Title:A lovak fűbetegsége és annak magyarországi vonatkozásai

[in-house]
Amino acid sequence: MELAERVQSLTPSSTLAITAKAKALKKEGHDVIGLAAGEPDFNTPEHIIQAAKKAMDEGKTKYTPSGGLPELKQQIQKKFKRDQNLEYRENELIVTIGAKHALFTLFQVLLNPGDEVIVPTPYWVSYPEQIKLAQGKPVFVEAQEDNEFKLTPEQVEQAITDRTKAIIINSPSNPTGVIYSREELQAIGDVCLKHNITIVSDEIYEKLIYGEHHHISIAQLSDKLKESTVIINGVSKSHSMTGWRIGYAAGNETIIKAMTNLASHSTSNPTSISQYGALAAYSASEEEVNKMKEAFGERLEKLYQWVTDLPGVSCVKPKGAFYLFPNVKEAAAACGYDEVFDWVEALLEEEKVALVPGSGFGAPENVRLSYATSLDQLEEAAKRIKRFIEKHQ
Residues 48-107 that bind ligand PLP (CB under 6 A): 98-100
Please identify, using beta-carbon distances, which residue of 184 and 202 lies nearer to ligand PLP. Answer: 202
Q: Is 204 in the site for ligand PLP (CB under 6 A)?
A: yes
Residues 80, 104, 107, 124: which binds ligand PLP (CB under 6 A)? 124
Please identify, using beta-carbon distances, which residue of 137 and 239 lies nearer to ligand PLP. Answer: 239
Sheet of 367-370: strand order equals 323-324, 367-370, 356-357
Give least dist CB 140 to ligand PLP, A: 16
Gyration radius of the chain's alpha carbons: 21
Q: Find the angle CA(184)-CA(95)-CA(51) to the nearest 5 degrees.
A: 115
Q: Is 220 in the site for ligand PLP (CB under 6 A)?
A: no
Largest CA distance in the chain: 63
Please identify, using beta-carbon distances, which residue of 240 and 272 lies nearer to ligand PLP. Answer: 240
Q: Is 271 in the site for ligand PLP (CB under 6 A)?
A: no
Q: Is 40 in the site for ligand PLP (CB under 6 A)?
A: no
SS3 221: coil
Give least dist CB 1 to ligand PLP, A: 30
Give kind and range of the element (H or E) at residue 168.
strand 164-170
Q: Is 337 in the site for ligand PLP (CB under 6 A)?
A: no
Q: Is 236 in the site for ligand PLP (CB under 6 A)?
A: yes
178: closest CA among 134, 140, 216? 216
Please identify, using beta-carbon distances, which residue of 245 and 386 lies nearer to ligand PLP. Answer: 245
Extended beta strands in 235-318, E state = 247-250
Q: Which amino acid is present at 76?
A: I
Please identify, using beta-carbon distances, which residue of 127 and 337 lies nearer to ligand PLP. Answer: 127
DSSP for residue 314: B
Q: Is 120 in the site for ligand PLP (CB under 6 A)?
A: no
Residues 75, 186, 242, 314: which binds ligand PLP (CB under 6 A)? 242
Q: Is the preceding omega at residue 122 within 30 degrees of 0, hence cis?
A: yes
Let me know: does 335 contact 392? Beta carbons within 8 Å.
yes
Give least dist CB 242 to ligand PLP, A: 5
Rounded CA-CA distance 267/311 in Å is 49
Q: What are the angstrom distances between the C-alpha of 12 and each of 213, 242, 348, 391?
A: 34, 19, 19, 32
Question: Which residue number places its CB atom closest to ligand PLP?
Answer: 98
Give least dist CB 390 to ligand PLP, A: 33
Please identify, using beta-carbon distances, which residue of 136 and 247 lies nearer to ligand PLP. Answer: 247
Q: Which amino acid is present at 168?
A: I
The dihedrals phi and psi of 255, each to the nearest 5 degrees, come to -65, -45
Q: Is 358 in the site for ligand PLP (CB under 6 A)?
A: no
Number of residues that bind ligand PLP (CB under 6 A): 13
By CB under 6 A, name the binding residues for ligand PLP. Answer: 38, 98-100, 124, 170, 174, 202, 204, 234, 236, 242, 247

SUMMARY Background: New updates about the epidemiology and aetiology of equine grass sickness (EGS) are necessary since the diagnosis of the first Hungarian cases in 2001. Objectives: To review the epidemiology, aetiology, clinical signs, treatment and diagnostic opportunities of equine grass sickness, including its Hungarian relations. Materials and Methods: 98 publications have been reviewed. Results and Discussion: Equine grass sickness or equine dysautonomia is a frequently fatal polyneuropathy, which affects both the peripheral and central nervous systems. The disease occurs almost only in grazing horses. EGS was first described in the United Kingdom (Scotland) in 1909, but after that it appeared in many countries around the world including Hungary from 2001. Grass sickness has three main forms: acute, subacute and chronic, but there is an overlap between the forms, because the signs reflect the severity of neuronal degeneration in the autonomic and enteric nervous system. Accurate, noninvasive, ante mortem diagnosis is not available. A definitive diagnosis can be made by histopathological examination of the affected ganglia during exploratory laparotomy or after euthanasia. Acute and subacute cases of EGS are fatal,but selected chronic cases can be treated successfully with intensive nursing care. Vaccine trials have been performed in the United Kingdom, but until the causative agent is identified, the only way of prevention is the reduction of the premises- and management-related risk factors. The disease occurs yearly in a North-Hungarian stud with severe outbreaks in certain years. The last outbreak was in April 2017, when 15 foals were euthanized or died in the acute form of the disease after a marked decrease in temperature and heavy snowing during which the horses were kept in a stable. Also, there was a histopathologically confirmed case in Pest county, therefore Hungarian veterinarians should be prepared to prevent, diagnose, and occasionally treat cases.